Pickles threatens on London’s ‘town hall Pravdas’

17 Apr 14
Local Government Secretary Eric Pickles has threatened to issue legal directions to compel five London councils to limit the frequency of town hall newspapers, accusing some authorities of acting like Vladimir Putin in their approach to scrutiny.

By Richard Johnstone | 17 April 2014

Local Government Secretary Eric Pickles has threatened to issue legal directions to compel five London councils to limit the frequency of town hall newspapers, accusing some authorities of acting like Vladimir Putin in their approach to scrutiny.

Pickles today said he would give the boroughs of Greenwich, Hackney, Tower Hamlets, Newham and Waltham Forest authorities two weeks to set out why action should not be taken following breaches of the publicity code governing municipal freesheets. The rules form part of the Local Audit and Accountability Act, and formal letters have been sent to the councils as the first step towards action.

The code sets a range of provisions in relation to local authority publicity. These include recommending a publication frequency of no more than every quarter, as well as provisions relating to objectivity and even-handedness when covering ‘matters of political controversy’.

According to the Department for Communities and Local Government, all five councils published titles more often than the quarterly. In addition, four of the titles published by the boroughs – those for Greenwich, Tower Hamlets, Newham and Waltham Forest – were deemed to not be even-handed in their coverage of some political issues, and Greenwich and Tower Hamlets were also judged to be not objective.

Under the Act, Pickles has the power to direct a local authority to comply with the provisions of the code of practice, after a 14-day period to allow the council to make representations. Any council that does not follow the legal direction could eventually face a court order requiring compliance.

Pickles said that some bloggers had ended up in handcuffs for tweeting from council meetings, while ‘propaganda on the rates’ drove the free press out of business.

‘Only [Russian president Vladimir] Putin would be proud of a record like that,’ he said.

‘Localism needs robust and independent scrutiny by the press and public, and municipal state-produced newspapers suppress that. “Town Hall Pravdas” not only waste taxpayers’ money unnecessarily, they undermine free speech.

‘I have given written notice to councils most clearly breaching the publicity code, noting that Parliament has passed new laws to tackle this abuse. We are prepared to take further action against any council that undermines local democracy – whatever the political colour.’

Responding to the announcement, a Hackney Council spokesman said it conformed to every aspect of the code except for the clause on frequency.

‘Publishing Hackney Today fortnightly is the most effective way for the council to communicate with its diverse mix of residents, both in terms of value for money and reach,’ he added.

‘It’s estimated that moving to a quarterly publication would result in the council having to spend at least an extra £100,000 a year to cover the cost of paying for statutory notices in local newspapers and printing and distributing materials currently included in Hackney Today. We have told the minister many times that we will cease fortnightly production of Hackney Today as soon as he ends the costly and outdated requirement on councils to place statutory advertising in a local newspaper.’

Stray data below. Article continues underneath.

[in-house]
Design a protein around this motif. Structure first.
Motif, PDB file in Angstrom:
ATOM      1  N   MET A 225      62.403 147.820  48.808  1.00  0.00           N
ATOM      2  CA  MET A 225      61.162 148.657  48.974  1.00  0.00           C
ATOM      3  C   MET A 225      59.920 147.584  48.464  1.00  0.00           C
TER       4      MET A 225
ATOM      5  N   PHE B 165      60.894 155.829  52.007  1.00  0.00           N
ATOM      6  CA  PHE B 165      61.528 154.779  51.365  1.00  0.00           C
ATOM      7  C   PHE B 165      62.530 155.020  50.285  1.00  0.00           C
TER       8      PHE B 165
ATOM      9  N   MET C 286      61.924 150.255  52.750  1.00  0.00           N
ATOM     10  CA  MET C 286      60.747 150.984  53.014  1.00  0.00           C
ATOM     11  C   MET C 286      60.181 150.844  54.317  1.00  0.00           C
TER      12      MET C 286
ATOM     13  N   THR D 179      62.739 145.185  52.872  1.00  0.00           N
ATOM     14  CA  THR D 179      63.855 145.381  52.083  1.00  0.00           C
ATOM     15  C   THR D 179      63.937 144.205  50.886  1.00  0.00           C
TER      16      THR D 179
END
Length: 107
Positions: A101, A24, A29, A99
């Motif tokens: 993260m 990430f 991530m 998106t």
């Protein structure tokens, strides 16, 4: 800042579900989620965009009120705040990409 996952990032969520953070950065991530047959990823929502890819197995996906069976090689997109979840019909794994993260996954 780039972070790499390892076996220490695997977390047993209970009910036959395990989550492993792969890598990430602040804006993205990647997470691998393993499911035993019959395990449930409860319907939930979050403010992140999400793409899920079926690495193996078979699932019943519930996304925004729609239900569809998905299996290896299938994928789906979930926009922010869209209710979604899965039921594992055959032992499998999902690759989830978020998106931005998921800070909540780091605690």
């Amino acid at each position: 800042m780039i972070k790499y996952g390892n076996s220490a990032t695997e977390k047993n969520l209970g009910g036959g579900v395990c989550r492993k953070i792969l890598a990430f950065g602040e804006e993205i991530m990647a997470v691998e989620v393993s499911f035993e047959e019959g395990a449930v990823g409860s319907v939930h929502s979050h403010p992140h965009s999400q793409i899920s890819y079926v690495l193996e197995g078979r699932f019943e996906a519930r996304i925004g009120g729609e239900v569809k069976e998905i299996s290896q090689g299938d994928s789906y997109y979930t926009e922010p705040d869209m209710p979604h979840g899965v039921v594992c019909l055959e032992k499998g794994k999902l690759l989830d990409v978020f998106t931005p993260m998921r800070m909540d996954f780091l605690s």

A Newham Council spokesman said the Newham Mag provided information so residents could access services and activities provided by the council and its partners.

‘It does so in a value for money way, which is increasingly important in the context of ongoing government cuts for local authorities,’ he added.

‘We remain a strong supporter of independent local media and never seek to compete against it for advertising revenue. Newham Council will respond to the letter in due course.’

A Tower Hamlets spokeswoman said the council had reviewed its publication against the code and made a number of changes as a result of external legal opinion.

‘Whilst the code states councils cannot publish a newspaper more than quarterly, it also says they have a duty to provide cost-effective information to all residents on issues that affect them like community safety, public health and social cohesion,’ she added.

‘Councils also have a duty to publish statutory notices, for example on licensing and planning. Balancing all this, Tower Hamlets decided the best value for money use of resources was to continue to produce a popular weekly publication.’

A Greenwich spokesman said the council believes it is compliant with the code and has asked for sight of the information Pickles has based his notice on, in order to rebut it.

A statement released by Waltham Forest said: ‘The letter received yesterday from the Department for Communities and Local Government states that the secretary of state proposes to direct the council to comply with the recommended code of practice on local authority publicity but without saying how we don't comply.

'We always have regard to the Code of Practice when publishing Waltham Forest News and believe we currently comply with the Code in every way, except frequency of publication. We believe we have strong reasons to publish fortnightly and that it is entirely lawful to take this approach.’


CIPFA logo

PF Jobsite logo

Did you enjoy this article?